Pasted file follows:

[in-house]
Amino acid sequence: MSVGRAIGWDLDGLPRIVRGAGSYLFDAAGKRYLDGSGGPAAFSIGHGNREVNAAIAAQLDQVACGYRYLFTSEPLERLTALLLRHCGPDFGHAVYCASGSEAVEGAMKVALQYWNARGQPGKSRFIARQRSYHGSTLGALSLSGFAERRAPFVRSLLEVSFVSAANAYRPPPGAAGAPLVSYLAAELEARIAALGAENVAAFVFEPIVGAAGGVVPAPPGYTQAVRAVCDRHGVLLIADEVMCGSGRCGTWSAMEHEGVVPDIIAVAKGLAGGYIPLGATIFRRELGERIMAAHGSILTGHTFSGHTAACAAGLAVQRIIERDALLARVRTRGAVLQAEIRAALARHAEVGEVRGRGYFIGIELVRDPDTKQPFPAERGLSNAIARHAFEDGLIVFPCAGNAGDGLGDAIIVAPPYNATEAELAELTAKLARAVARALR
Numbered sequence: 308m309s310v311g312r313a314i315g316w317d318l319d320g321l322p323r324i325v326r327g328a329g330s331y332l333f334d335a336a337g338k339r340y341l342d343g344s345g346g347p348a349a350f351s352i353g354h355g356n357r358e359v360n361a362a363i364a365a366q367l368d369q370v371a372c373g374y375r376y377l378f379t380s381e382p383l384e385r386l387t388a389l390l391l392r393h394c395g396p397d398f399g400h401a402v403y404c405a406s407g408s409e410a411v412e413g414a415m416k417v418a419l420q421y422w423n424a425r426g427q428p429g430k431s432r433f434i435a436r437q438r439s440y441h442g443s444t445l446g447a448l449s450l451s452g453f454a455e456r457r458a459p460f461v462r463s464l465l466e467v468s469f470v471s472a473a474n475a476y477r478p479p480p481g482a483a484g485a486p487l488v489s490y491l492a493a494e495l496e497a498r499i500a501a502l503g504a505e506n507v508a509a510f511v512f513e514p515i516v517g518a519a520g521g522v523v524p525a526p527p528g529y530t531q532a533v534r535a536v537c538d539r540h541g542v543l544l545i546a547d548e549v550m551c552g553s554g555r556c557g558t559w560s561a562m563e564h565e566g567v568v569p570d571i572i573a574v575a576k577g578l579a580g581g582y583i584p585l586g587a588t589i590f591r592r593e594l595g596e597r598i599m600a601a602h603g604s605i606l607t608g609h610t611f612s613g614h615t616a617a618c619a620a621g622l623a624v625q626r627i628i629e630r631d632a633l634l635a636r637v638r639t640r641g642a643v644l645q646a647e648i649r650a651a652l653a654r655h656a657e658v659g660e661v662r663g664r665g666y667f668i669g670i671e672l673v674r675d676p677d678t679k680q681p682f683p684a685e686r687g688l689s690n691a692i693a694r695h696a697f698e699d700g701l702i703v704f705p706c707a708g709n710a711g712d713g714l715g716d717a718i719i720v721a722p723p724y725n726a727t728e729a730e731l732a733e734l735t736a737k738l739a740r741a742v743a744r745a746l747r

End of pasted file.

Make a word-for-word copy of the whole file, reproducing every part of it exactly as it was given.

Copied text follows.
[in-house]
Amino acid sequence: MSVGRAIGWDLDGLPRIVRGAGSYLFDAAGKRYLDGSGGPAAFSIGHGNREVNAAIAAQLDQVACGYRYLFTSEPLERLTALLLRHCGPDFGHAVYCASGSEAVEGAMKVALQYWNARGQPGKSRFIARQRSYHGSTLGALSLSGFAERRAPFVRSLLEVSFVSAANAYRPPPGAAGAPLVSYLAAELEARIAALGAENVAAFVFEPIVGAAGGVVPAPPGYTQAVRAVCDRHGVLLIADEVMCGSGRCGTWSAMEHEGVVPDIIAVAKGLAGGYIPLGATIFRRELGERIMAAHGSILTGHTFSGHTAACAAGLAVQRIIERDALLARVRTRGAVLQAEIRAALARHAEVGEVRGRGYFIGIELVRDPDTKQPFPAERGLSNAIARHAFEDGLIVFPCAGNAGDGLGDAIIVAPPYNATEAELAELTAKLARAVARALR
Numbered sequence: 308m309s310v311g312r313a314i315g316w317d318l319d320g321l322p323r324i325v326r327g328a329g330s331y332l333f334d335a336a337g338k339r340y341l342d343g344s345g346g347p348a349a350f351s352i353g354h355g356n357r358e359v360n361a362a363i364a365a366q367l368d369q370v371a372c373g374y375r376y377l378f379t380s381e382p383l384e385r386l387t388a389l390l391l392r393h394c395g396p397d398f399g400h401a402v403y404c405a406s407g408s409e410a411v412e413g414a415m416k417v418a419l420q421y422w423n424a425r426g427q428p429g430k431s432r433f434i435a436r437q438r439s440y441h442g443s444t445l446g447a448l449s450l451s452g453f454a455e456r457r458a459p460f461v462r463s464l465l466e467v468s469f470v471s472a473a474n475a476y477r478p479p480p481g482a483a484g485a486p487l488v489s490y491l492a493a494e495l496e497a498r499i500a501a502l503g504a505e506n507v508a509a510f511v512f513e514p515i516v517g518a519a520g521g522v523v524p525a526p527p528g529y530t531q532a533v534r535a536v537c538d539r540h541g542v543l544l545i546a547d548e549v550m551c552g553s554g555r556c557g558t559w560s561a562m563e564h565e566g567v568v569p570d571i572i573a574v575a576k577g578l579a580g581g582y583i584p585l586g587a588t589i590f591r592r593e594l595g596e597r598i599m600a601a602h603g604s605i606l607t608g609h610t611f612s613g614h615t616a617a618c619a620a621g622l623a624v625q626r627i628i629e630r631d632a633l634l635a636r637v638r639t640r641g642a643v644l645q646a647e648i649r650a651a652l653a654r655h656a657e658v659g660e661v662r663g664r665g666y667f668i669g670i671e672l673v674r675d676p677d678t679k680q681p682f683p684a685e686r687g688l689s690n691a692i693a694r695h696a697f698e699d700g701l702i703v704f705p706c707a708g709n710a711g712d713g714l715g716d717a718i719i720v721a722p723p724y725n726a727t728e729a730e731l732a733e734l735t736a737k738l739a740r741a742v743a744r745a746l747r